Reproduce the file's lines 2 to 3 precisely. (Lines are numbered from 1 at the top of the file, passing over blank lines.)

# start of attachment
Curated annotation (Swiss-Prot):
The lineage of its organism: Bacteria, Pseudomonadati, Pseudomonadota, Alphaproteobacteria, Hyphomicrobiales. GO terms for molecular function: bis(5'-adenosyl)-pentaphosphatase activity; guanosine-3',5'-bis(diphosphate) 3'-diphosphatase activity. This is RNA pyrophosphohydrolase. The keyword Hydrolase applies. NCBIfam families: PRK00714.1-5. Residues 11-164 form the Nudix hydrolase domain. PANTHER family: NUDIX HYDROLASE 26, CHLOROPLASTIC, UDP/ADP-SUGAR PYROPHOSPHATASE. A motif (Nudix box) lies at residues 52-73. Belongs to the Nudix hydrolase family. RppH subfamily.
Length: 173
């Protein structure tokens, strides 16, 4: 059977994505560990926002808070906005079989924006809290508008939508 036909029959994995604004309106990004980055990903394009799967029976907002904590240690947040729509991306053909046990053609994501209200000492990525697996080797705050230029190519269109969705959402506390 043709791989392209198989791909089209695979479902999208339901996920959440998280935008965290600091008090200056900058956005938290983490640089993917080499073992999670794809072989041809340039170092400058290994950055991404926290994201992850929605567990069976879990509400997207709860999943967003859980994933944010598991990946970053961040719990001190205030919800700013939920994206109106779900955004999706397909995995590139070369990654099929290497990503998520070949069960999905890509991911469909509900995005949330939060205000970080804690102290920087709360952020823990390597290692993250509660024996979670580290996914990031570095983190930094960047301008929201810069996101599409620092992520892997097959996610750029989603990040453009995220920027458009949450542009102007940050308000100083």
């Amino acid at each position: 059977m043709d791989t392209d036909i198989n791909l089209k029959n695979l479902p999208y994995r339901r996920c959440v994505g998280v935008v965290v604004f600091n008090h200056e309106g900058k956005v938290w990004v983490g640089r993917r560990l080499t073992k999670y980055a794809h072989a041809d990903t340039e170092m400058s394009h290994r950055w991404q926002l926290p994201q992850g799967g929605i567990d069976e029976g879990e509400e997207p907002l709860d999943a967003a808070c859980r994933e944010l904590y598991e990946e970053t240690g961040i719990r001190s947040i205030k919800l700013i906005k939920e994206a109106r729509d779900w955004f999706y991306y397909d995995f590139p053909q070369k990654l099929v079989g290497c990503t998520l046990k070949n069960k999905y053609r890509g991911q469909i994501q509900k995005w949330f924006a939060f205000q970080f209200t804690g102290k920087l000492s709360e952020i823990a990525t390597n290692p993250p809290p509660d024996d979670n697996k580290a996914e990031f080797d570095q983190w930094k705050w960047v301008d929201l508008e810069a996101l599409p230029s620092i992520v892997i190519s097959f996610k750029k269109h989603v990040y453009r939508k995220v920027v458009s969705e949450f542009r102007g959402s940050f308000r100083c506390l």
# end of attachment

The lineage of its organism: Bacteria, Pseudomonadati, Pseudomonadota, Alphaproteobacteria, Hyphomicrobiales. GO terms for molecular function: bis(5'-adenosyl)-pentaphosphatase activity; guanosine-3',5'-bis(diphosphate) 3'-diphosphatase activity. This is RNA pyrophosphohydrolase. The keyword Hydrolase applies. NCBIfam families: PRK00714.1-5. Residues 11-164 form the Nudix hydrolase domain. PANTHER family: NUDIX HYDROLASE 26, CHLOROPLASTIC, UDP/ADP-SUGAR PYROPHOSPHATASE. A motif (Nudix box) lies at residues 52-73. Belongs to the Nudix hydrolase family. RppH subfamily.
Length: 173